Sochi Winter Olympics Spread: Sochi’s “Ring of Steel”: Behind Russia’s “airtight” Olympic Security

Questions regarding security at the Sochi Games have also been at the center of Sochi’s controversies.
Due to the geopolitical climate of the region, these concerns are by no means unfounded. Geographically, Sochi, Russia’s largest resort city, lies only 515 miles from Chechnya and 670 miles from Dagestan.
These two regions of the Northern Caucasus have had historically hostile relations with Russia, and are undeniably the most terror-prone regions in the nation. These residents of the Northern Caucasus differ both ethnically and culturally from Russians, most notably in their practice of Islam, which is the predominant religion of the area. Thus, Russians and Northern Caucasians have engaged in frequent conflicts over the centuries, from Sheikh Mansour’s attempt to rally Chechens against Russian encroachment in 1785 to the Russo-Chechen wars of the 1990s.
Ethnic relations were even more strained during the Soviet years when in 1944, “Joseph Stalin accused all Chechens of being Nazi collaborators and exiled almost half a million of them to Siberia and the Kazakh steppe, thousands of miles from their homes,” writes Simon Shuster of Time Magazine. Over 100,000 Chechens died as a result.
And when Chechens declared their independence after the fall of the Soviet Union, the newly formed Russian Federation waged two wars against Chechen rebels, wreaking widespread destruction across the region. However, due to the region’s vital role as an overland oil pipeline route from Azerbaijan, Russians have been unwilling to allow the region to secede.
Since, the region has remained volatile, with Islamic terror brigades operating with relative freedom. Attacks have been carried out by militants and lone wolves, and are generally directed at soft targets like mosques or transport centers. The target of the Volgograd bus station bombings in December of 2013 that killed 34 was one such attack. These attacks are thought to be prompted by calls for action by Doku Umarov, the leader of the Caucasus Emirate militant group. Umarov also released a video in July of 2013 condemning the Sochi Olympics.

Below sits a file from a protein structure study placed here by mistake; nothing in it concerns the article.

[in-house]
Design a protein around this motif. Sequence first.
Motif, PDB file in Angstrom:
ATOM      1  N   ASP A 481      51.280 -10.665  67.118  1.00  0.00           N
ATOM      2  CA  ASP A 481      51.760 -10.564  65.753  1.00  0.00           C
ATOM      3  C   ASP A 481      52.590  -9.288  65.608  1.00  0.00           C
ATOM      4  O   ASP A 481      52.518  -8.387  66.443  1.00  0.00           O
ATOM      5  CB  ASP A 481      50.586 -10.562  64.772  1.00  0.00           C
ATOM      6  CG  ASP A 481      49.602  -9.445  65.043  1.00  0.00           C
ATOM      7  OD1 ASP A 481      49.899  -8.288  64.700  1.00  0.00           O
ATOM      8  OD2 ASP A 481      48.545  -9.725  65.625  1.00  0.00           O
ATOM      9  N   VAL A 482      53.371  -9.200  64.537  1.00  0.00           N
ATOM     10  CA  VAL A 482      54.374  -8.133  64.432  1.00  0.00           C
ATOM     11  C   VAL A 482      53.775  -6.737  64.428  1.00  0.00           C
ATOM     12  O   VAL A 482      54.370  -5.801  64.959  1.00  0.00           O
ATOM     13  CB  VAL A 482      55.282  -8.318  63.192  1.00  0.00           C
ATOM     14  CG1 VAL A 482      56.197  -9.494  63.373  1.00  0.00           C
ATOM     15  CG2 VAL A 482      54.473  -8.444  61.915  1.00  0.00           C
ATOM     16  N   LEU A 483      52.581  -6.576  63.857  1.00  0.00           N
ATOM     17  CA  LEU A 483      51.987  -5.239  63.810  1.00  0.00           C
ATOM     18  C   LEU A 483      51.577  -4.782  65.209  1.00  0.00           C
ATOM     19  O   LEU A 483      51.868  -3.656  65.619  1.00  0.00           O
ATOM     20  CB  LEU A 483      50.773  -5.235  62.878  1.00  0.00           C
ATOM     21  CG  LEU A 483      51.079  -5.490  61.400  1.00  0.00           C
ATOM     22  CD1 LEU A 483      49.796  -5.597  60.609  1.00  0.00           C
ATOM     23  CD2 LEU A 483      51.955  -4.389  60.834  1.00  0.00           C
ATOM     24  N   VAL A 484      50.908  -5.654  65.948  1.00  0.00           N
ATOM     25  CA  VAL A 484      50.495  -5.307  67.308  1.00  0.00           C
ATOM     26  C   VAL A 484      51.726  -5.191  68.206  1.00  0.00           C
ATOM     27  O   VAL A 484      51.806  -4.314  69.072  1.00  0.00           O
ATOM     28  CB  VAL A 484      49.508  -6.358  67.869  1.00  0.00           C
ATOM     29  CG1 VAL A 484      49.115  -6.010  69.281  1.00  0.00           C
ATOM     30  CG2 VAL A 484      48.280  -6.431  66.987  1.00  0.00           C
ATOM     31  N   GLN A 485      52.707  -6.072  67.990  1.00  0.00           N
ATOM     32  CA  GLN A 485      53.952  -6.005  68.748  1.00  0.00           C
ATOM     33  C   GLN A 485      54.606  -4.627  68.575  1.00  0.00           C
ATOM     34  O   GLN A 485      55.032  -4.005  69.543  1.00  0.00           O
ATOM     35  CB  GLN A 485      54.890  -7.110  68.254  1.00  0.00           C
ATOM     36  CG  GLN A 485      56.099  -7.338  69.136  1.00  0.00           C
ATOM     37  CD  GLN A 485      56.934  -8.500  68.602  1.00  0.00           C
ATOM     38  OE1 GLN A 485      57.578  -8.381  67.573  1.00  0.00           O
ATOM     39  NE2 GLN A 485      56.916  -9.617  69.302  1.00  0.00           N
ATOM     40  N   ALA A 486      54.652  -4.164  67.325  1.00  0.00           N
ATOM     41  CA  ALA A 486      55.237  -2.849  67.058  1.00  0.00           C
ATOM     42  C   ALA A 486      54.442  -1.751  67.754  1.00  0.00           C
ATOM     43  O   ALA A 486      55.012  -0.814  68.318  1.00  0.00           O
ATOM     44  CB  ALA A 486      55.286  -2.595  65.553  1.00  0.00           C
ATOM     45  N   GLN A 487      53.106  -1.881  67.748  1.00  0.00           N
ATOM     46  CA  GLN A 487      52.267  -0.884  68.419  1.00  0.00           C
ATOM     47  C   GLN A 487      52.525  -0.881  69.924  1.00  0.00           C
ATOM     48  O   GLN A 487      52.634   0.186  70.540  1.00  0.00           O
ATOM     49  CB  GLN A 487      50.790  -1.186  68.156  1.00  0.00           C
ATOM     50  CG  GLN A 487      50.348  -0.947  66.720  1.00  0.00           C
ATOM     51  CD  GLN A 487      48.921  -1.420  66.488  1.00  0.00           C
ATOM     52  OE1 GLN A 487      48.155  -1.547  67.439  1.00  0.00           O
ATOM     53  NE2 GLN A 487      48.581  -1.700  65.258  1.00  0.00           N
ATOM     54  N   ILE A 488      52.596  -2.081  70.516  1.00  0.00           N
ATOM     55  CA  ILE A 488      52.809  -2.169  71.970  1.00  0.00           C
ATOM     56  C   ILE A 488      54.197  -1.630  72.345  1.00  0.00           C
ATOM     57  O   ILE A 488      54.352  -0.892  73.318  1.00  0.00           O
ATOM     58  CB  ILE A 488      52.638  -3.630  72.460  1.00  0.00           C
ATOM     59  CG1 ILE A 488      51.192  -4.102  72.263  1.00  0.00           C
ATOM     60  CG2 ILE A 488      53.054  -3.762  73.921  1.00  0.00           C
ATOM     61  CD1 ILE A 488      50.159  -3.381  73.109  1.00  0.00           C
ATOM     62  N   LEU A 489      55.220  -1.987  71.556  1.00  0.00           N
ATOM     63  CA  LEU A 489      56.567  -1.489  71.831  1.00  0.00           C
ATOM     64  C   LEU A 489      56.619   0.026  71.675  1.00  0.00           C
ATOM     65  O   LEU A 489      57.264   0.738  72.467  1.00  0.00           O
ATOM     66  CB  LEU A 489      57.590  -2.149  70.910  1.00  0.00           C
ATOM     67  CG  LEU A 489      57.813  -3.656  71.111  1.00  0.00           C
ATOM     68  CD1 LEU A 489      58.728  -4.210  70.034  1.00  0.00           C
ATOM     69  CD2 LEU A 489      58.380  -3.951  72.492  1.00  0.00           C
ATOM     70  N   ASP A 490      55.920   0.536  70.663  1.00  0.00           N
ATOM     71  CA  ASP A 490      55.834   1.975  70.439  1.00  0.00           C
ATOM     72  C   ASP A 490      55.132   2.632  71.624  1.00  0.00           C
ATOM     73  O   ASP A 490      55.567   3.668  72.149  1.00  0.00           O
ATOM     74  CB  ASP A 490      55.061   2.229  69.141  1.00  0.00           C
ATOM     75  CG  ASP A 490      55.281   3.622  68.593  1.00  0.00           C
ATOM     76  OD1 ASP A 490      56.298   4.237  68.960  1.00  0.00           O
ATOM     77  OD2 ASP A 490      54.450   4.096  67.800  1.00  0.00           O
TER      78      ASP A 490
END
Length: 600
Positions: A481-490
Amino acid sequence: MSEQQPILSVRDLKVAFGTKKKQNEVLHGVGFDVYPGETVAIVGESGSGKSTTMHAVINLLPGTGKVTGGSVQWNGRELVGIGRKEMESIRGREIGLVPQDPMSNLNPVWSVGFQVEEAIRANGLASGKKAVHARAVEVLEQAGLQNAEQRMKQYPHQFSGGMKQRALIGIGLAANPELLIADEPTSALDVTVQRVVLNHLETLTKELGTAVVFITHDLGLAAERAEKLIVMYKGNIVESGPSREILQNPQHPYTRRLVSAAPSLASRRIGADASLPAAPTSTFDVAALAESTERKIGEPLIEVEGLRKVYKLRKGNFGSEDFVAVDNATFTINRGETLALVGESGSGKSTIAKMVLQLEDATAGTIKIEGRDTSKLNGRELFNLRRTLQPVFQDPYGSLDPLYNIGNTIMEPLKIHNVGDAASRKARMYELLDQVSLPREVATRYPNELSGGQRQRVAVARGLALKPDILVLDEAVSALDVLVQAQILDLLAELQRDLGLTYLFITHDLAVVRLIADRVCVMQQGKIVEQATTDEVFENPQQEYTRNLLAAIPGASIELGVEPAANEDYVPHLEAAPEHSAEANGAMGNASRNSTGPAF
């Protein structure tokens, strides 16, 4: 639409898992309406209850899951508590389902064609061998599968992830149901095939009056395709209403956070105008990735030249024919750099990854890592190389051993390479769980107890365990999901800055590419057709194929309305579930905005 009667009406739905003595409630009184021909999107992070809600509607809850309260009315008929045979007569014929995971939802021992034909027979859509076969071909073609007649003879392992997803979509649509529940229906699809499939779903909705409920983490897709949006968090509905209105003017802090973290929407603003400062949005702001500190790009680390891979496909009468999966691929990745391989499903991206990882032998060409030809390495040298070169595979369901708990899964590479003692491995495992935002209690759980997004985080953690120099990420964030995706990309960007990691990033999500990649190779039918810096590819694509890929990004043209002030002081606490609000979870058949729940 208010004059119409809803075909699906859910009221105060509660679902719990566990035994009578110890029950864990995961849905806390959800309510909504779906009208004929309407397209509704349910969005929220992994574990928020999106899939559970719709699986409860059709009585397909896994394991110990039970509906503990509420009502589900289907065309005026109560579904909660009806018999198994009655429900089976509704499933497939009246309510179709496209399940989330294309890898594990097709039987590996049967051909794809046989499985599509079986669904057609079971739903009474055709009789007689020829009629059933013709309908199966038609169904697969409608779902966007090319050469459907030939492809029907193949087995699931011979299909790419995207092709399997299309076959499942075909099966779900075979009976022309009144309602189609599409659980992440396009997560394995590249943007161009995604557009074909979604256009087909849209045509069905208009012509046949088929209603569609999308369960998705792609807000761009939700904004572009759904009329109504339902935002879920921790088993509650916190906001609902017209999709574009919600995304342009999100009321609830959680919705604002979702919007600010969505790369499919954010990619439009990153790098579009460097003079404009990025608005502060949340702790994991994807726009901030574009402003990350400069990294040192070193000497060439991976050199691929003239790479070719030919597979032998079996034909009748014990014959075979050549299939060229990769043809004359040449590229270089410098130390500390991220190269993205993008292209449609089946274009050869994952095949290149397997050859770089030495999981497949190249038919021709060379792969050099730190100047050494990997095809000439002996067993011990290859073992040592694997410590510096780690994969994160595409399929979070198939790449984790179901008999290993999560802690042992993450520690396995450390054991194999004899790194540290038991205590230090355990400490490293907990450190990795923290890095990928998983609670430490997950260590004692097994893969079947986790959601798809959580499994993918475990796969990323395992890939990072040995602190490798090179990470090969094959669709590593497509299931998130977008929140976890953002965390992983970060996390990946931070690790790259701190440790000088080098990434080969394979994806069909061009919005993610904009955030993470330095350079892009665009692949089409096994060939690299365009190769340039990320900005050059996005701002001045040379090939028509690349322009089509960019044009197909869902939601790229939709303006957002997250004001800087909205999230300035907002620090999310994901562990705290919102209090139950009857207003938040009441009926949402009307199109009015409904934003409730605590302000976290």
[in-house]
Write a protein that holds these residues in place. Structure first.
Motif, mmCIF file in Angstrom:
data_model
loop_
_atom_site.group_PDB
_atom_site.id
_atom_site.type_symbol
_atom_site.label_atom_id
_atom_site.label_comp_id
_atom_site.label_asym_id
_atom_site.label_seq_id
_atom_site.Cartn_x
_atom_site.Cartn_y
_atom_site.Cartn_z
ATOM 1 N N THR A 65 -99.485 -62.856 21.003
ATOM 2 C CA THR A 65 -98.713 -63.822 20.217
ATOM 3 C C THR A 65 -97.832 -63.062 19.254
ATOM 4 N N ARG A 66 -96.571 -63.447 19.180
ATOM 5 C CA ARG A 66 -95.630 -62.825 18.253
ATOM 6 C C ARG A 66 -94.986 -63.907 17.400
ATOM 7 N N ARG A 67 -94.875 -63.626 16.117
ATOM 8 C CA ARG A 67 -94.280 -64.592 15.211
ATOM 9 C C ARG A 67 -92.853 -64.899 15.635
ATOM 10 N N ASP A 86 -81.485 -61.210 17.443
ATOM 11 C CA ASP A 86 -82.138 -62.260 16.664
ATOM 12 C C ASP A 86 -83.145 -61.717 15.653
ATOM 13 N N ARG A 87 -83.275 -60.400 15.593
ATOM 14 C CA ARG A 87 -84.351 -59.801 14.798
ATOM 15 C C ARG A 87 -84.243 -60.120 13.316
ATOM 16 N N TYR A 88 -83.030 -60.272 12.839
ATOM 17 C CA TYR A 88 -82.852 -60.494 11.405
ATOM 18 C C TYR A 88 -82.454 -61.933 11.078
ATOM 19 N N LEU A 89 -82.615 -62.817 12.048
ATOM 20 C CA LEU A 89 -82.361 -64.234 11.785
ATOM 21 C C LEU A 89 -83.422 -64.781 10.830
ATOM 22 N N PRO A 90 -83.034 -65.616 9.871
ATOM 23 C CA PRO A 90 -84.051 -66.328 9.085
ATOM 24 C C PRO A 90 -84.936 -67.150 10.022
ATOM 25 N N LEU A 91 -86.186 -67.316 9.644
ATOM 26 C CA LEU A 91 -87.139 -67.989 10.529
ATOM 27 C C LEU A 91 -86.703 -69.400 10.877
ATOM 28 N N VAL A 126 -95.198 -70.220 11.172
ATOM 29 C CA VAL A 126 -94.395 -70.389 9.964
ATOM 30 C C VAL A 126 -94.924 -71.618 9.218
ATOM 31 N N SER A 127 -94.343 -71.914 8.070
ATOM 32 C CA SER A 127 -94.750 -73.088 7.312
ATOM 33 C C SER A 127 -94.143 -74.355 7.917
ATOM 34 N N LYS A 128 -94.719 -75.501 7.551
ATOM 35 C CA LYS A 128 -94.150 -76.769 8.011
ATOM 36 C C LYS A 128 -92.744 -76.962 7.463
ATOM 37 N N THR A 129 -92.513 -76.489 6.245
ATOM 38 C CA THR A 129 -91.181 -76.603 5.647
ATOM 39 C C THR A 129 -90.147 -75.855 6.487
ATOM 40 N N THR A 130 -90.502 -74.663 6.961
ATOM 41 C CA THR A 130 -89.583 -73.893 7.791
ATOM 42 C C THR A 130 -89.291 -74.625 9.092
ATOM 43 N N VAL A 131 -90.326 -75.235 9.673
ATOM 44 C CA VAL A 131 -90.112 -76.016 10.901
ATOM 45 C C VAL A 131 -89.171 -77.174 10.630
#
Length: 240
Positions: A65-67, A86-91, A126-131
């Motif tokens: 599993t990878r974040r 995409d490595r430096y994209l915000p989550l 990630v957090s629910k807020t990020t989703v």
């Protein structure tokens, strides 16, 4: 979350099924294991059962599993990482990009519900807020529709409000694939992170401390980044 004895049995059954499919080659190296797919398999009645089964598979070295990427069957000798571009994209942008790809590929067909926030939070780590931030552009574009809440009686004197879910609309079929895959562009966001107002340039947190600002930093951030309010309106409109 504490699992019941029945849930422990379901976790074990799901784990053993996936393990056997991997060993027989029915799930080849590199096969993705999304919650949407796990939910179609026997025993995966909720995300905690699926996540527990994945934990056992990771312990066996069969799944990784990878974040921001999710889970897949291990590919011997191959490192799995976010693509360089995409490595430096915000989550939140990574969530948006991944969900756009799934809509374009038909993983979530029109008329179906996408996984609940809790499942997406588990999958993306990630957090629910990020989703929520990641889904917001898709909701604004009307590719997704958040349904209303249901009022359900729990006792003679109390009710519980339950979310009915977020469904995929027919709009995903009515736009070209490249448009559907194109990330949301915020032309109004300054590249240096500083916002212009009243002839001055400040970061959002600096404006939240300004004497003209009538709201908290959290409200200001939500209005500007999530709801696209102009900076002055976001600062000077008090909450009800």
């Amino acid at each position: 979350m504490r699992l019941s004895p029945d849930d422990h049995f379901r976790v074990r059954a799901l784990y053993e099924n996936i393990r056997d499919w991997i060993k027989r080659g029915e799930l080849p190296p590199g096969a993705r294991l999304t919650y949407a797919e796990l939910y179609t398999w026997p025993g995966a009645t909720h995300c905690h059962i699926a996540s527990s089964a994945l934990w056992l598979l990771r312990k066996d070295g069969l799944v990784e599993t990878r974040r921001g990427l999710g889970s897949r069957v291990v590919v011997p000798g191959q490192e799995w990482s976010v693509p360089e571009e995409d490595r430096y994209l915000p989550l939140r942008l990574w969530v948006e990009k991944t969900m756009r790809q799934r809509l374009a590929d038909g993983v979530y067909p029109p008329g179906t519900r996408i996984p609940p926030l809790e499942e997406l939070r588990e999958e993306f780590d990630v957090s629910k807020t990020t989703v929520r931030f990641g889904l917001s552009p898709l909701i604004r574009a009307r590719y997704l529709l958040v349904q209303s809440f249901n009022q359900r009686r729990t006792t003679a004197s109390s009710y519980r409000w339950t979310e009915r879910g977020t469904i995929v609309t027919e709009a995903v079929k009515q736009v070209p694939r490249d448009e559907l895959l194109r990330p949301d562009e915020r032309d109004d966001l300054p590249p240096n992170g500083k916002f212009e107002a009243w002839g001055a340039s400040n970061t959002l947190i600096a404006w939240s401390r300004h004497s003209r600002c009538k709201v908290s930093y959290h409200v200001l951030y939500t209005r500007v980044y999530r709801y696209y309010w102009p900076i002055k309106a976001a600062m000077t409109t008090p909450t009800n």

“They plan to hold the Olympics on the bones of our ancestors, on the bones of many, many dead Muslims buried on our land by the Black Sea,” Umarov said in the video. “We as Mujahideen are required not to allow that, using any methods that Allah allows us.”
But perhaps an example of Chechen or Dagestani terror that hits closest to home for most Americans was the Boston Marathon bombings. The two perpetrators, Tamerlan and Dzhokhar Tsarnaev were Chechen and the older of the two, Tamerlan, received training and underwent further radicalization in Dagestan.
Needless to say, this surge in terrorist activity has not gone unnoticed by Russian authorities, as security has become a prominent focus in Sochi. As a result, a staggering amount of security measures have been taken. According to the Associated Press, a force of around 100,000 police and army troops have been deployed in Sochi.
By comparison, Sochi will see around 213,000 spectators enter its venues and around 6,000 at­hletes compete in the Games’ events.
More high-tech measures have also been taken according to ABC News, including the use of drones, reconnaissance robots and a computer system known as “SORM,” that can monitor all communications made by Sochi residents, visitors and competitors. Although concerns have been raised that such measures represent a breach of privacy, the Russian government has nonetheless continued to tap into information in  electronic devices in an effort to prevent any Chechen Islamist militant attacks.